Courts and the legal publishers that serve them, by necessity, are
creatures of habit. A case's fundamental structure hasn't changed
much, whether published early in the 19th century or during the COVID
pandemic. Even when publishers started taking their wares online, they
didn't stray far from their well-worn model. In many ways, that's a good
thing. I imagine legal research and writing would be much more arduous
if fundamental case elements were as inconsistent as citation schema over
But we think these cases have undiscovered uses beyond informing legal
arguments. We know that NLP (Natural Language Processing) folks have
already made use of the API and bulk download tools we built at
http://case.law. Still, the most frequently accessed pages on our
website are individual case pages from google visitors. What are their
needs? Historical research? Family history?
Even if the fundamental structure of a case is necessarily immutable,
are there opportunities for novel interfaces to bring these works to new
The first step I took was to assemble a list of actions that people
perform on collections of things.
Among these ideas, I was most interested in enhancing people's
ability to cut through the endless walls of text we serve up to
find what they're looking for. This is a more cut-and-dried topic
for an interface exploration, so I spent most of my time there.
I am also interested in humanizing the stories behind these
cases through narrative. Too often, the technical analysis of
these legal documents overshadows that they describe real events
in real people's lives. Not only have the subjects of these cases
often endured gruesome, traumatic events, but the trials
themselves are often traumatic. While I only lightly
touched on this direction here, I'd very much like to explore
it in the future.
Topic Explorer is a simple idea based on data or a data interface that
does not exist. What if you could find the number of cases that contain
a specific word and then get a list of the most frequently used
important words in those cases?
At that point, you could add that word to your search.
Or hide it to expose more words.
Exclude it from your search to go in a different direction.
Though based on the same interest in exploring a topic, this approach is
a bit different. The idea is that within a case, you could highlight a
word and then see how frequently that word appears in cases that cite to
the case you're reading and cases that cite to those cases. The idea is
that you could drill down from that topic into different usages within
The color of the case represents the relevance of the term in that search,
or whatever else you want it to be, really.
This completely different approach to digging into a specific topic
involves trying to facilitate conversation among readers. Maybe someone
could annotate a highlighted passage with an invitation to discuss it.
Enter the text:
Users see a symbol:
They click on it and get the invitation:
Ratings and Reviews
Maybe people have feelings about cases best expressed through star
ratings and reviews? Frankly, they probably don't, but it seemed like
too familiar an idiom to ignore.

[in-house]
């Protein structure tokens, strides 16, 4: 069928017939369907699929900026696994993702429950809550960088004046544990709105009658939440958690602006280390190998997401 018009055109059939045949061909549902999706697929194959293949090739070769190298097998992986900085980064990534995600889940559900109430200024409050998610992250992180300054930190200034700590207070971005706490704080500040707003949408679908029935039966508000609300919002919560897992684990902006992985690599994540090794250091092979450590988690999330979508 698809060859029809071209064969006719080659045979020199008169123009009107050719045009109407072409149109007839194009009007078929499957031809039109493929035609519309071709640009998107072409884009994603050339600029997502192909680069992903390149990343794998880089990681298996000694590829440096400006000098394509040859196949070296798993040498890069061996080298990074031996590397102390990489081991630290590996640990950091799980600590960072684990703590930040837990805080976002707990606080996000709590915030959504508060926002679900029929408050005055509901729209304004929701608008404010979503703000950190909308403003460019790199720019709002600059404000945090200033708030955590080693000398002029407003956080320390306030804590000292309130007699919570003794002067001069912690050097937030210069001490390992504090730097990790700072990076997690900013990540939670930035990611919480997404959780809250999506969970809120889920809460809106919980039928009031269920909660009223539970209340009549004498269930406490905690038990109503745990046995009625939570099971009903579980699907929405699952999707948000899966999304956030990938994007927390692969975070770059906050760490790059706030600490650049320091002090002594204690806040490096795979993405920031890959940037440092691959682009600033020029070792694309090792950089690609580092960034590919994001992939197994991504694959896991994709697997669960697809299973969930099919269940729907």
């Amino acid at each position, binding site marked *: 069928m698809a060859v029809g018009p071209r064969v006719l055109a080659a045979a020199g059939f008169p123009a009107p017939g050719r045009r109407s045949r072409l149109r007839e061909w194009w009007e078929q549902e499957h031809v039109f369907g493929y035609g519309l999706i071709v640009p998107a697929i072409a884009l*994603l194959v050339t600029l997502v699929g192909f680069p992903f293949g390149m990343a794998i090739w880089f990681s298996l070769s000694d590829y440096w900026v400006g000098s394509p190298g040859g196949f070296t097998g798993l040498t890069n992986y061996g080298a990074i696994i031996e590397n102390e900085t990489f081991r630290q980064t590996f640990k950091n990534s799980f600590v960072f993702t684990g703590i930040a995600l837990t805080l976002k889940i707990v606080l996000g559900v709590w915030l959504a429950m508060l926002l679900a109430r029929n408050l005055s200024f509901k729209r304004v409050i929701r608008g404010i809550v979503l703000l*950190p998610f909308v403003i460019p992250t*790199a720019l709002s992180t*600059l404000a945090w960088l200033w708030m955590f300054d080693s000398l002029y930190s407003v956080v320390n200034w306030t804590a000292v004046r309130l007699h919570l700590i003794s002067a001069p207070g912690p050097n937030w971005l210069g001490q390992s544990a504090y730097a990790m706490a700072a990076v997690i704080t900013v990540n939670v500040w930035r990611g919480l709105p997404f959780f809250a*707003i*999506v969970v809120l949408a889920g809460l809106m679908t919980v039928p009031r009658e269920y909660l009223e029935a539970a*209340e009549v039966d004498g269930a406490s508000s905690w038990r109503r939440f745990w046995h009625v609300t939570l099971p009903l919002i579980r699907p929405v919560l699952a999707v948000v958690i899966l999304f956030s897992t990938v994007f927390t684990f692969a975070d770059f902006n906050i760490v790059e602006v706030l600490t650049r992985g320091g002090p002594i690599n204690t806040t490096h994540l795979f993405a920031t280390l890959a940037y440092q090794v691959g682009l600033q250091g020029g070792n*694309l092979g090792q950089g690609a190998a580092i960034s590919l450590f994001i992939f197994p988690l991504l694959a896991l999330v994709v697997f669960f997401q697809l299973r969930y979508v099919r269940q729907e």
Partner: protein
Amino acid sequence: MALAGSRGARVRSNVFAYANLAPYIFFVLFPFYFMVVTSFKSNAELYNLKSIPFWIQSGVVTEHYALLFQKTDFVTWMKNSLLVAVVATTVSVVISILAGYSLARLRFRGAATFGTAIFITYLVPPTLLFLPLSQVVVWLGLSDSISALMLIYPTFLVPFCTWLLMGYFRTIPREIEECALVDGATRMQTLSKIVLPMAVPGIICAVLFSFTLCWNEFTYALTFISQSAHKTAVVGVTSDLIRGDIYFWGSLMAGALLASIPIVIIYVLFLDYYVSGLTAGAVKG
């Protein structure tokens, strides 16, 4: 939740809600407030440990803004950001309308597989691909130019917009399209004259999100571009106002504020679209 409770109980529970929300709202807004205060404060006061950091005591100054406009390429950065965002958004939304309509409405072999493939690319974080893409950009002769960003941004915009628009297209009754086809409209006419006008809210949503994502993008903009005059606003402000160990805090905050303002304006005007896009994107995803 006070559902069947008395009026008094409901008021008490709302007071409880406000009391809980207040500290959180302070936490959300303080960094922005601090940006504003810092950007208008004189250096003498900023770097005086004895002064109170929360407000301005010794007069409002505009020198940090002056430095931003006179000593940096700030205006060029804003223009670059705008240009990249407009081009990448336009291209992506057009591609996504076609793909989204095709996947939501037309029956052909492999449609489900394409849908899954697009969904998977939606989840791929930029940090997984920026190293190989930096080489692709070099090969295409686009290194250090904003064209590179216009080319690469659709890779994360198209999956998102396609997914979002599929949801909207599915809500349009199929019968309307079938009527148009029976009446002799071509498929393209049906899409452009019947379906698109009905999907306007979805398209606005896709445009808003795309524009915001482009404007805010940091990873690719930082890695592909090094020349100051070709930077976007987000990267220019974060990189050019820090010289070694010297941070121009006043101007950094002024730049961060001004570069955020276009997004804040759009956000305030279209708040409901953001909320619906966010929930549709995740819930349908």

If you haven't had a chance to check out our trends viewer, I highly
recommend you drop what you're doing and
play for a little while. Like
Google's Ngram viewer, it will tell you the frequency with which a word
appears in cases over time. You can even split it up by jurisdiction!
However, if you want to see how something trends in ALL jurisdictions,
it's a little tough to read.
Rather than having all years and jurisdictions visible, I represented
jurisdictions on a map and added a year scrubber control. You can get
the precise numbers for that year from the list on the right.
3D Timeline Explorer
Our developer Anastasia is working on a very cool legally-focused
storytelling interface we call Timeline. Its users can create
legally-focused timelines that include cases, important dates
and events, and narrative. Inspired by some of the new proximity
conferencing tools, such as gather.town, I designed an interface
with which someone could explore one of these timelines in a 3D
Users access different bits of media when moving their sprite over
different hot spots on the timeline.
Since we are primarily a caselaw database, court cases would probably
get special treatment. Each case could have a virtual courtroom with
different hot spots for different participants in the process.
Sound of an Opinion
Like Topic Explorer, Sound of an Opinion would require data we don't
yet have. Using pre-made or algorithmically-created sound clips, we
would convey the emotional tone and other measurable facets of an
opinion based on text sentiment analysis. In my simplistic demo, I
correlate positivity/negativity with instrumentation and scale, verb
density with the drumline volume, and adjective density with the
drumline complexity. The sound clips were created in Logic Pro X using
Apple Loops and their algorithmic drum beat creator.
Check out this live ProtoPie demo (that will not work in Safari.)
While few, if any of these ideas will be fully realized, unencumbered,
blue-skies thinking is time well spent around here. We've already
started investigating the feasibility of generating and serving
sentiment analysis data through our API. Do any of these ideas excite
you? Do you have any ideas of your own you think belong here? Reach out
and let us know!